Three Little-Known Ways to Fight a Cold

woman with cold using tissue

Online students can study just about anywhere. But if there’s one place students probably don’t want to study, it’s a sick bed. Right now, we’re smack in the middle of cold and flu season, and these ailments can interfere with your ability to study. There’s no cure for the common cold, but drugstore shelves are filled with pills and elixirs to treat the symptoms. There are also many home remedies that people swear by. Try some of these quick, cheap, and easy tricks the next time sneezing, coughing, and congestion interrupt your study time.

Watch What You Eat

There’s a whole list of various foods that are supposed to stave off colds. While some of these food recommendations sound more like superstitions, others have some scientific basis. For example, oysters, beef, and crab contain a lot of zinc. Zinc supports the proper functioning of the white blood cells that help to fight viruses and bacteria. Other zinc-rich foods include pumpkin seeds and whole grains.

Onions and garlic may not be so wonderful for your breath, but they are pretty great for your health. Onions contain sulfur, an immunity booster and detoxifier. Garlic also contributes to proper immune functions. Both are solid choices when fighting a cold.

And yes, even chocolate can be beneficial if you’re suffering from a nagging cough. Dark chocolate is rich in theobromine which is an excellent natural cough suppressant. Sound too good to be true? Well, there is a caveat regarding the healing benefits of chocolate – you’ll want to avoid sweetened chocolate. Sugar, unfortunately, can impair your immune system. Coffee is similarly detrimental for immunity. Also, dairy products should be avoided when you have a cold since they tend to create extra mucus.

Get Up and Move

A bad cold can leave you feeling drained and the idea of lying in bed can certainly sound appealing, but a little physical exertion may be just the thing to make you feel better. Exercise will raise your body temperature which increases the efficiency of your immune system. Don’t overdo it though. Over-exercising can fatigue you and worsen your symptoms.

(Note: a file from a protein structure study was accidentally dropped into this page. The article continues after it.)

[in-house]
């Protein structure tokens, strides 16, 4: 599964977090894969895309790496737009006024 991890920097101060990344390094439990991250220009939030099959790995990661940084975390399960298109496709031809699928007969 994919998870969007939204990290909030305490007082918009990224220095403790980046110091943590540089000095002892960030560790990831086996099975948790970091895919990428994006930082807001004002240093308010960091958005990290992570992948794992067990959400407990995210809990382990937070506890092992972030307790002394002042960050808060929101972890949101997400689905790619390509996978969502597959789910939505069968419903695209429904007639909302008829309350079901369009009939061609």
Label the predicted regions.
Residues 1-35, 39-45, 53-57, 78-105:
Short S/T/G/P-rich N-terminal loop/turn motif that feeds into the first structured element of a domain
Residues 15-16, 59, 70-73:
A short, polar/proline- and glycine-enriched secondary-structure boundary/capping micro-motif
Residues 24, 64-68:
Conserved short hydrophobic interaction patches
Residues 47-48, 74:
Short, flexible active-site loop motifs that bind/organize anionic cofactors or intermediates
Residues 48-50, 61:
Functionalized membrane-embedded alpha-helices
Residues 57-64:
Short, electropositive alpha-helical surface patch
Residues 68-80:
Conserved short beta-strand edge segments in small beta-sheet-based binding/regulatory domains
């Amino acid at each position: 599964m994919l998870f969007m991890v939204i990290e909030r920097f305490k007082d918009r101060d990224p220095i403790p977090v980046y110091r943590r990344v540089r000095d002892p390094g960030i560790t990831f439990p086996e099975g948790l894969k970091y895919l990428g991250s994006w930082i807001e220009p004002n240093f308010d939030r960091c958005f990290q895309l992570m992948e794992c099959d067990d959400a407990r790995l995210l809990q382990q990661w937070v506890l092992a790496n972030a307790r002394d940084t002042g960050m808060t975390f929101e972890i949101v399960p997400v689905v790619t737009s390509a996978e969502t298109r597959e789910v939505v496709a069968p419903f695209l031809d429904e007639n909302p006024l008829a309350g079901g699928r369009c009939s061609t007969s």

A Blast of Air

This idea may sound strange, but breathing warm air may help with your cold symptoms. Studies have shown that heated air can eradicate the rhinovirus in your nose. If you have heat vents in the floor of your home, sit above it when the heat comes on and breathe in the warm air for a few minutes. If you don’t have accessible heat vents, you can produce a similar effect with a hair dryer. Set the dryer to warm – never hot – and hold it an arm’s length from your face. If you experience any discomfort with either of these warm air techniques, stop immediately. Discomfort is a sure sign that the air is too warm or too close to your face.

These behaviors may not work for everyone, and they’re certainly not meant to be a substitute for treatment from a trained medical professional, but they may be convenient supplements to your cold-fighting regimen. Give them a try and see what works for you. Don’t let a cold knock you out this winter.

Written by Erik Siwak, Communications Manager for Bridgepoint Education

References

Gallagher, J. (2015). Common Cold Prefers Cold Nose. Retrieved from http://www.bbc.com/news/health-30685732

Gallagher, J. (2010). Free Natural Cold Home Remedies. Retrieved http://learningherbs.com/remedies-recipes/cold-home-remedies/

Sakugawa, Y. (n.d.). 7 Home Remedies for Relieving Common Cold Symptoms. http://thesecretyumiverse.wonderhowto.com/how-to/7-home-remedies-for-relieving-common-cold-symptoms-0131815/

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